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Editorial: Summer lunch is good use of tax dollars

About 1,000 children are being served free lunches every day between 11 a.m. and 1 p.m. at Ellis Middle and Austin High School. Even though the school year ended June 6, the need hasn't gone away.

More than 50 percent of  Mower County children are eligible for free or reduced-price lunches, according the 2012 Kids Count Minnesota report. The survey also found that 16 percent of Mower County children live below the poverty line, and 23 percent are in households eligible for food stamps.

Mary Weikum, director of food and nutrition for Austin Public Schools, estimates the food staff will serve 35,000 lunches this summer, about the same as 2011. Her staff served more than 40,000 in 2010.

So, yes, Austin summer lunch staff has been busy.

School lunch programs date back more than 100 years in the United States, but didn't become common until President Truman signed the National School Lunch Program into law in 1946. Not every public and non-profit private school in the nation participates, but more 100,000 do. In the 65-year history of federal nutrition assistance, the program has expanded to include the School Breakfast Program, Snack Program, Child and Adult Care Feeding Program and the Summer Food Service Program.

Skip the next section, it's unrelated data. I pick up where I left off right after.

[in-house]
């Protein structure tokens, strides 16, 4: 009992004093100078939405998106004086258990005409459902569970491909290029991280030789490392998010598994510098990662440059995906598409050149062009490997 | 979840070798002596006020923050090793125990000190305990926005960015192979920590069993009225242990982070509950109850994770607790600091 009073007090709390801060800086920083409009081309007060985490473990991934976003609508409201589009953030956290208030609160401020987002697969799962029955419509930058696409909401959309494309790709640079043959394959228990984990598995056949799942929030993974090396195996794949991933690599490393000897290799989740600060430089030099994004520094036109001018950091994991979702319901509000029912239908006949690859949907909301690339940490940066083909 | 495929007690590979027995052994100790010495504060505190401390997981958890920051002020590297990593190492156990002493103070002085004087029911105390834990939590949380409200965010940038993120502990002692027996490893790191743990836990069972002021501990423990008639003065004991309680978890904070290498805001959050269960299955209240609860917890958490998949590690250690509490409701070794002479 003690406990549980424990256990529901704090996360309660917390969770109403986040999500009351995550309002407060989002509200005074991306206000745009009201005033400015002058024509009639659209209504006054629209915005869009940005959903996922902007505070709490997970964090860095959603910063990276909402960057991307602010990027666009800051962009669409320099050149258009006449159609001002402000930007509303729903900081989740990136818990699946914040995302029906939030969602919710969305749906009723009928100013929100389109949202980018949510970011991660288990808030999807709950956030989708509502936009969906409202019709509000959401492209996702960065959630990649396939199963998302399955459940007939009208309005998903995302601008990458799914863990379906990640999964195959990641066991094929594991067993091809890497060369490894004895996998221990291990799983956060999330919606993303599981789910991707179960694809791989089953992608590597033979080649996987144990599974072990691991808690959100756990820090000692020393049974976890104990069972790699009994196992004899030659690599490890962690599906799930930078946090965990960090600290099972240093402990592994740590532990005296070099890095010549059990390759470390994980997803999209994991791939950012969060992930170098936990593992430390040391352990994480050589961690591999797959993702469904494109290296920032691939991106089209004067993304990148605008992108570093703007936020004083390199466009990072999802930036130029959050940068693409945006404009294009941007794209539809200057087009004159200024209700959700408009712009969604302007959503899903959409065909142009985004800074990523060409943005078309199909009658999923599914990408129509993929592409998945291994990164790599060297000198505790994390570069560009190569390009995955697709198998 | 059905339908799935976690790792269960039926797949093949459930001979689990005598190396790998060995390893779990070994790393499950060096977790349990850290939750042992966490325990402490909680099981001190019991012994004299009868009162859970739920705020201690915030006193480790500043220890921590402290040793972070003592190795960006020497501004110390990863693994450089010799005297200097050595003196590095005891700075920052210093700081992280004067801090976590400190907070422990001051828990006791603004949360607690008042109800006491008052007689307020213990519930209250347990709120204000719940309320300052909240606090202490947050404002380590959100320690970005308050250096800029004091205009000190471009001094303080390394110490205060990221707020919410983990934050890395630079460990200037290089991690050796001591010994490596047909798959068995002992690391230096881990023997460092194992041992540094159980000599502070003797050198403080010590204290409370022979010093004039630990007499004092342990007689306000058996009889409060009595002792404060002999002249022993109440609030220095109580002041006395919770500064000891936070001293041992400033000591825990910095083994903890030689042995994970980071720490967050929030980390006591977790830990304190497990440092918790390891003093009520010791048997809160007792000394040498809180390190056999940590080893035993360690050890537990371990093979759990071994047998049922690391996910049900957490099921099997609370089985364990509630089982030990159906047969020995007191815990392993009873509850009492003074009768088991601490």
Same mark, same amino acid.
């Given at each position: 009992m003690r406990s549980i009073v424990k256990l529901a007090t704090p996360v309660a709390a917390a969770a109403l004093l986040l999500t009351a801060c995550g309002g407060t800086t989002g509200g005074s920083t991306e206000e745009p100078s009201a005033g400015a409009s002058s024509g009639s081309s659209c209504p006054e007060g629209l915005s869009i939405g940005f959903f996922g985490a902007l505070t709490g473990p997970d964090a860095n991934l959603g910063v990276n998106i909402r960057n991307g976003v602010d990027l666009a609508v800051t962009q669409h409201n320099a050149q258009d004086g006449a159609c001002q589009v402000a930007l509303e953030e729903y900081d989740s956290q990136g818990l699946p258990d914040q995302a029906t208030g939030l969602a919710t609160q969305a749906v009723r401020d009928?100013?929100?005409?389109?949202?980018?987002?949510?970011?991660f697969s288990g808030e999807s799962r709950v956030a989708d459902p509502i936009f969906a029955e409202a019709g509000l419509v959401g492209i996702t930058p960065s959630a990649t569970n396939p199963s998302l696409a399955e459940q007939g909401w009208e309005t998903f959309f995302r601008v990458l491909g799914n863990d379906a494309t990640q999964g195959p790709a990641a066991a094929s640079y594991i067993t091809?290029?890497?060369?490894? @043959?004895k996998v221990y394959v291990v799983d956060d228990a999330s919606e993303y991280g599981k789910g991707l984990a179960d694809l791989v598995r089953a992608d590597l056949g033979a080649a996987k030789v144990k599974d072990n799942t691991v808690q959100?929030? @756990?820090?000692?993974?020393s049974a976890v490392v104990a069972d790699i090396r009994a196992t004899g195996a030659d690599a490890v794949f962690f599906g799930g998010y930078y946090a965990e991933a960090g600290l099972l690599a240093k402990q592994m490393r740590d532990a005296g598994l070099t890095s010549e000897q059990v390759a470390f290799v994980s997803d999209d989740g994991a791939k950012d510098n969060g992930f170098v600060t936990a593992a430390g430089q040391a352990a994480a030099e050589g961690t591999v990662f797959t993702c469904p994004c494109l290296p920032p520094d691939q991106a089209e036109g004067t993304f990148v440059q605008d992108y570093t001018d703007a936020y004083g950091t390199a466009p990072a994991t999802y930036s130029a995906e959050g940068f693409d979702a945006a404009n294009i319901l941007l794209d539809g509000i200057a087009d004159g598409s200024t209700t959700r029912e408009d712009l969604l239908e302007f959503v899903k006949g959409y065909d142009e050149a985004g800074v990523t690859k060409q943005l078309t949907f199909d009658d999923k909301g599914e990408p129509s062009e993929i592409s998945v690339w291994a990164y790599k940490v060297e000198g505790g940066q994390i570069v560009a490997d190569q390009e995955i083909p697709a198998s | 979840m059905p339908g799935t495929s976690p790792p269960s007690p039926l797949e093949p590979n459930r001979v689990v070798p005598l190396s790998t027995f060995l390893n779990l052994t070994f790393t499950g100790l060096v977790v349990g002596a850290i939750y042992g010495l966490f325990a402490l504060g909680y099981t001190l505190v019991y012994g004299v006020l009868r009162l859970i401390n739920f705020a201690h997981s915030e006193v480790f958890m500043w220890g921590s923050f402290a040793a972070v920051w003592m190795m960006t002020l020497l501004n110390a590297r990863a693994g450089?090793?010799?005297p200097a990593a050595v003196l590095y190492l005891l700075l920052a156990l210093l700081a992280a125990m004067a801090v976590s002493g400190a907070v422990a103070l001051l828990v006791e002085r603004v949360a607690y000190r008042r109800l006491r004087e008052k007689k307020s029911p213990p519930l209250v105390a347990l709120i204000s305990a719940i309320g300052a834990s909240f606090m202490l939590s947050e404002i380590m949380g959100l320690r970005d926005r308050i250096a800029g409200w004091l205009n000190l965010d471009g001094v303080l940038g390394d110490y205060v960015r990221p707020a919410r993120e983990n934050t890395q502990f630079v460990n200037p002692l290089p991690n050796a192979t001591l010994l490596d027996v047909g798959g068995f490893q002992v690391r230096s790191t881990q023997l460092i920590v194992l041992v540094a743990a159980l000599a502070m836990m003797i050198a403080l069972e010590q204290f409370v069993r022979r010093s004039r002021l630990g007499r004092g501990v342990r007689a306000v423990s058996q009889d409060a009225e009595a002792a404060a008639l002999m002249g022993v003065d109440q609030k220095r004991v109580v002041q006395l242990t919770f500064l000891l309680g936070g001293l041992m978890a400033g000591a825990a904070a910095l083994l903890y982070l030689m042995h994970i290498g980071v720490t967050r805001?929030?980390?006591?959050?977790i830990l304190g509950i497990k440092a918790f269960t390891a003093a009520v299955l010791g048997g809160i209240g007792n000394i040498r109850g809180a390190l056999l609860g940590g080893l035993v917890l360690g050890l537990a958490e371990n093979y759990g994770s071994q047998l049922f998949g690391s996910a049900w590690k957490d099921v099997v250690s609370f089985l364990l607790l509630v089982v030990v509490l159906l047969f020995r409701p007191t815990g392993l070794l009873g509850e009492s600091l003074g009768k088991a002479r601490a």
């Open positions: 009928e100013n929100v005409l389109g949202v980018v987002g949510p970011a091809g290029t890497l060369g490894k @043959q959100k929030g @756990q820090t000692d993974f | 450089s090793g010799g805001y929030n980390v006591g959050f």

Jessica Rembao is one Austin resident who brought her five children, ranging from six months to 10 years, to the high school for lunch.

"It helps because we are lower income," Rembao said. "It's one more meal that we don't have to worry about."

Now, we can anticipate critics asking why the parents can't feed their children or wondering if the government is becoming a nanny state. Those are fair questions, but with Mower County's median household income of $43,000, one can deduce that families with multiple children are stressed financially, especially when school is out for the summer.

In a tough economy, don't punish the children for their parents' struggle to put food on the table.

Weikum said it best.

"There's really not a better use for our tax dollars than feeding our kids."


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